DC’s Traffic Violence Data, Visualized: Our Demonstration at 14th and U.
Unless you’ve been hiding under a rock or walking around DC with your eyes and ears closed, you probably have felt the hectic energy of advocacy over the past few weeks! Advocates all over the region have taken to the streets to raise awareness for issues that hit close to home. For WABA and traffic advocates around the city, the number one issue we are faced with is the high number of traffic deaths and serious injuries that happen on DC’s streets.
Since 2018, more than 1300 people have been seriously injured as a result of a traffic crash. Sadly, of that number, 53 lost their lives as a result of those crashes.
In the District, serious injuries and deaths from crashes are down when compared to the previous two years. Honestly, we are so far away from our Vision Zero goal of zero deaths and serious injuries by 2024, that even acknowledging it seems premature. But we are heading in the right direction. The increased attention on traffic injuries and deaths is a big part of that
On September 19th, we took to the streets with a host of energetic and eager volunteers and we spread the word! During the height of rush hour traffic at one of the busiest intersections in Northwest DC, WABA staff and volunteer bike advocates made the streets a little safer for pedestrians and got some drivers’ attention in the process.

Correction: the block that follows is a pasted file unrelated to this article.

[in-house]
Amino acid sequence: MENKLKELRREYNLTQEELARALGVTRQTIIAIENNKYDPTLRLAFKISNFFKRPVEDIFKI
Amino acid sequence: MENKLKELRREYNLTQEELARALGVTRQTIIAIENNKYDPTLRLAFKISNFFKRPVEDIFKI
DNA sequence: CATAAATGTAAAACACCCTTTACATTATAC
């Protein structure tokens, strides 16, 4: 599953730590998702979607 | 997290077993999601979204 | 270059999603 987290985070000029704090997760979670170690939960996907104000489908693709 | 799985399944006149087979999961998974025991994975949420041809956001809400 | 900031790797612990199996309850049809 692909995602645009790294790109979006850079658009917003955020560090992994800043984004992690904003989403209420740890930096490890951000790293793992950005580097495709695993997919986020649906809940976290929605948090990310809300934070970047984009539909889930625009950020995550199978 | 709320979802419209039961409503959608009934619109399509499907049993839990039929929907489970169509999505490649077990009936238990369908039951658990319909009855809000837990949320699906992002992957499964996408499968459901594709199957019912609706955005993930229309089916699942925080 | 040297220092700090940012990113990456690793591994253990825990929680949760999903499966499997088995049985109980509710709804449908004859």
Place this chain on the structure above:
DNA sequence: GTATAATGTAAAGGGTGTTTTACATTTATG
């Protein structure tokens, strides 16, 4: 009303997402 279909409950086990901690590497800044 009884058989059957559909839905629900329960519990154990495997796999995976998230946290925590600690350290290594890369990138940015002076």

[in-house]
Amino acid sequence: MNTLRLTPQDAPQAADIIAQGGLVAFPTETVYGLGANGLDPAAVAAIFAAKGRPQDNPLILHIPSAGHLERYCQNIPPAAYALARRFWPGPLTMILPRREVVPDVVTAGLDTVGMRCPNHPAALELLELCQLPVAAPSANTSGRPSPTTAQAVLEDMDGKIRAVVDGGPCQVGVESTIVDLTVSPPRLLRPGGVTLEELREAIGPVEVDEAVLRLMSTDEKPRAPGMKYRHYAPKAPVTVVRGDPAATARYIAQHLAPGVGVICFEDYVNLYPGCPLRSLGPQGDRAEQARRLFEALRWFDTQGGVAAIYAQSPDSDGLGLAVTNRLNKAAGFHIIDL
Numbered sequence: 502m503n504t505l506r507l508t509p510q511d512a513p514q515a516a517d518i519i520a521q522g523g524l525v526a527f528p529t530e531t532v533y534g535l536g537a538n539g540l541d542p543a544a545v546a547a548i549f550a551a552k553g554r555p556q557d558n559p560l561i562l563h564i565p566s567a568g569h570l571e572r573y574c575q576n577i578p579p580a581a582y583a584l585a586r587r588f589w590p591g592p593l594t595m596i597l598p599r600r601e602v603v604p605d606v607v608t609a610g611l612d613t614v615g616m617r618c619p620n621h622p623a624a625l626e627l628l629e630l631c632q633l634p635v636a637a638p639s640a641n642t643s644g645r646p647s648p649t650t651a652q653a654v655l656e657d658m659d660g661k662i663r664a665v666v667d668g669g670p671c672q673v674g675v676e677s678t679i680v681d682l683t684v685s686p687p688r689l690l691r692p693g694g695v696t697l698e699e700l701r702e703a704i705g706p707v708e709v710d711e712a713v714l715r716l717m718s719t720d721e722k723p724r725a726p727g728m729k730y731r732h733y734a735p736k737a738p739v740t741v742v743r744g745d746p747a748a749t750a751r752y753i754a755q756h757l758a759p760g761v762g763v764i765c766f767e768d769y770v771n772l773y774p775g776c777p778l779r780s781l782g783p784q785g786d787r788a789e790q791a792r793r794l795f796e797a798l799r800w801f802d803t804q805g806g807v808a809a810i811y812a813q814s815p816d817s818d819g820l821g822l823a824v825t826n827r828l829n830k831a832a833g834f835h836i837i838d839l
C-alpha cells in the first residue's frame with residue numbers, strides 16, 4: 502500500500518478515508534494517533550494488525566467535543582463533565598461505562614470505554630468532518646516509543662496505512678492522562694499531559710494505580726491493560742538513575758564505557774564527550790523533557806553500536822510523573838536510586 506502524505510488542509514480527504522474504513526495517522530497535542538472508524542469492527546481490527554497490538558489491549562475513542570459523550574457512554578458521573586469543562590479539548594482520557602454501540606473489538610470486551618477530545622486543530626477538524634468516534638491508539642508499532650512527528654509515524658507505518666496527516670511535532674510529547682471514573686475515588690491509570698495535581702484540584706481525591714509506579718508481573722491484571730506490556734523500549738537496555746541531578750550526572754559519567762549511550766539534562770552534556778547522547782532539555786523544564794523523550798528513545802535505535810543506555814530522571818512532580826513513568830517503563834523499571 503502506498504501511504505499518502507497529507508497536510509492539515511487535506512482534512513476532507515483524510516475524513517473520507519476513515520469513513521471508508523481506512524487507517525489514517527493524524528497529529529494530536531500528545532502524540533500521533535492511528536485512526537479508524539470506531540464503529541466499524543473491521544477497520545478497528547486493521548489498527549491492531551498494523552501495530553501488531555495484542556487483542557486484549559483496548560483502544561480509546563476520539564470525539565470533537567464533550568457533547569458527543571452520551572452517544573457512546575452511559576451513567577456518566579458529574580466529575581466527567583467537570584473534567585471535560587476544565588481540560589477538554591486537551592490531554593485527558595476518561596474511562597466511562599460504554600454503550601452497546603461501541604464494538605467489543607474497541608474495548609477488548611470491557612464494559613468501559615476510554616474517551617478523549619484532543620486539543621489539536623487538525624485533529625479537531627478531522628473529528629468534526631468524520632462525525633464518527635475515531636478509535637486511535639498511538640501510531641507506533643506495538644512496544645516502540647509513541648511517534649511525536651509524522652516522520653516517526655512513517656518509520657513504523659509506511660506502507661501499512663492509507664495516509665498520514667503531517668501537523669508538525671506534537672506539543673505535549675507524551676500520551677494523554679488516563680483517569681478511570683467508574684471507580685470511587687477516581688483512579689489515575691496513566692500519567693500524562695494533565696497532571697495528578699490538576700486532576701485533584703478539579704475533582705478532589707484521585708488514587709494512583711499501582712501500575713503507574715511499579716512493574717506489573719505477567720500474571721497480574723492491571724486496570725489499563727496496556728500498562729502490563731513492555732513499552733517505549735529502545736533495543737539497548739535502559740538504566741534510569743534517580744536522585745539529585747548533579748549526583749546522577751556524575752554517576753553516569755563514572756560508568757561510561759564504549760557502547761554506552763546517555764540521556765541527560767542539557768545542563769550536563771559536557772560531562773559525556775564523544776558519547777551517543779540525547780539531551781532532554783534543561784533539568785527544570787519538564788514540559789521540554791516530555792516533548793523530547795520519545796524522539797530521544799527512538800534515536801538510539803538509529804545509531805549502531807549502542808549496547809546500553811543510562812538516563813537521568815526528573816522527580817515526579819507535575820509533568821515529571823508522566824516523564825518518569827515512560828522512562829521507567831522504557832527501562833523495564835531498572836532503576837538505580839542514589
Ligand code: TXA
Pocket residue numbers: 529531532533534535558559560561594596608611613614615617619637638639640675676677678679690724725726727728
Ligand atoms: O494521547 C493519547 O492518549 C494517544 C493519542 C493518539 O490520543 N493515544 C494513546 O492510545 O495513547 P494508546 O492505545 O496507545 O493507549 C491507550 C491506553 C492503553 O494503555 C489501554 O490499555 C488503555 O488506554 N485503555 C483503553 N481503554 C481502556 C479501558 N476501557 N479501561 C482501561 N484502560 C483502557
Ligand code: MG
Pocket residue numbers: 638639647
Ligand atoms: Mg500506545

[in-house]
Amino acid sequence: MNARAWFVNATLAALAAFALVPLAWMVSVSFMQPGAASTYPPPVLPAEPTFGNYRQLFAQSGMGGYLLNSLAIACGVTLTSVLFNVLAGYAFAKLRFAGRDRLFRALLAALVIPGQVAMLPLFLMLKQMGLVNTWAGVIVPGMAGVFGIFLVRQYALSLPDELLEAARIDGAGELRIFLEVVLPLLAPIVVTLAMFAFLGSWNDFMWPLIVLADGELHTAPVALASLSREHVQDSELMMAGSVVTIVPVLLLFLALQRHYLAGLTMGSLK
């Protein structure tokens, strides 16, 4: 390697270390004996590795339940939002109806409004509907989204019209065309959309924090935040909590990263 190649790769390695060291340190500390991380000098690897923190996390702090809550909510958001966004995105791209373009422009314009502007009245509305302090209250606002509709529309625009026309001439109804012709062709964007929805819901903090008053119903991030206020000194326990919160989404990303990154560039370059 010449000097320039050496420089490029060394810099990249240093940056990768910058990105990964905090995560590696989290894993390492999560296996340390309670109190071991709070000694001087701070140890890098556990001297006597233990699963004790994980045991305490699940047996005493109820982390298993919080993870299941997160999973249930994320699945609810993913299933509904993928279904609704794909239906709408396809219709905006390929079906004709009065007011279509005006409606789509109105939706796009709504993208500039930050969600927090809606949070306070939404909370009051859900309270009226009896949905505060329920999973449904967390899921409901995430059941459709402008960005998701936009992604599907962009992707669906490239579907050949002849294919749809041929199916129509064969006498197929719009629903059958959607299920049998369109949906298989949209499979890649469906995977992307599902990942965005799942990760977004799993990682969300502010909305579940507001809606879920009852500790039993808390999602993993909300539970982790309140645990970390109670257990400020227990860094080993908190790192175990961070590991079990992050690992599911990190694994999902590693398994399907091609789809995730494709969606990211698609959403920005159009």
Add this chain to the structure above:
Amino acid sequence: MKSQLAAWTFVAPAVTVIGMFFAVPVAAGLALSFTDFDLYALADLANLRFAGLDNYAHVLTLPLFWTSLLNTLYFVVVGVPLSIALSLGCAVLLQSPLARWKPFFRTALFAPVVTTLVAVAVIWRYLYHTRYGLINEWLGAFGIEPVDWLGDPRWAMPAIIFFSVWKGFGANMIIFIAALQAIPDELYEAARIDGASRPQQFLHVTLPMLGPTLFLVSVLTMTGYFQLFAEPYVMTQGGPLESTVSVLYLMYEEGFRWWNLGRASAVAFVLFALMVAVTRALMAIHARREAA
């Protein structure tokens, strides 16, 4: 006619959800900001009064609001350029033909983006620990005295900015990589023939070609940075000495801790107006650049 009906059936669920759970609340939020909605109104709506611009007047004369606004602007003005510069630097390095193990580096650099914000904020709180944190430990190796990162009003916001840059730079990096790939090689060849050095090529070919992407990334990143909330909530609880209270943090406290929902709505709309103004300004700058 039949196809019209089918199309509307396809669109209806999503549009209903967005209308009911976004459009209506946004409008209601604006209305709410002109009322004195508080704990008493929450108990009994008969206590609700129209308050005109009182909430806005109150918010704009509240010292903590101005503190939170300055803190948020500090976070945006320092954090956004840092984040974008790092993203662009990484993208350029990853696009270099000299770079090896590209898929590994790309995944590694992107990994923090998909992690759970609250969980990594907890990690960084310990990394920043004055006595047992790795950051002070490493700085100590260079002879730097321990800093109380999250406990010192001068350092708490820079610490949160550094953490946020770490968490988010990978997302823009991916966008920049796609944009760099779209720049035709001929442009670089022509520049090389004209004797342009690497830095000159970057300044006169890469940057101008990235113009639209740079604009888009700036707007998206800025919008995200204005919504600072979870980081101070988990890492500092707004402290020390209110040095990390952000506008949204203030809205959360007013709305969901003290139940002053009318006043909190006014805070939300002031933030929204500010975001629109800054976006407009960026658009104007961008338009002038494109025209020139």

I had a moment where I stopped and took it all in. Pedestrians walking past put down their phones and interacted with one another, albeit most of them were probably wondering about the huge 10” balloon wall and 3” inflated numbers “1250” & ”52” moving in and out of the intersection.
The message of the day was simple: “Too many people are hurt and killed on our streets and we have the power to change that.” This message is born out of my belief that it takes every single roadway user to get us to our vision of zero. And that philosophy was on full display during our time at 14th and U St NW. Drivers and bicyclists couldn’t help but pay a little more attention as well.
Speeds were slower than I usually experience in this stretch of U St. The recent changes to the streets by DDOT undoubtedly had a lot to do with that. It seems we got some help from MPD while we were there, too. Police pulled drivers over for making illegal left turns and running red lights. It was like a symphony for safer streets.
At the end of the day, I felt I understood what our streets could be like with everyone doing their part to make streets safer. We are a long way from zero, but we are closer than we were a year ago, and I hope that counts for something.
A big shout out to the amazing volunteers who came out and made a difference that day. It’s never too late to get involved, sign up to become a volunteer or become a part of an action group.
You can find media coverage of the large-scale data visualization here, as well as a press release from the day’s events.
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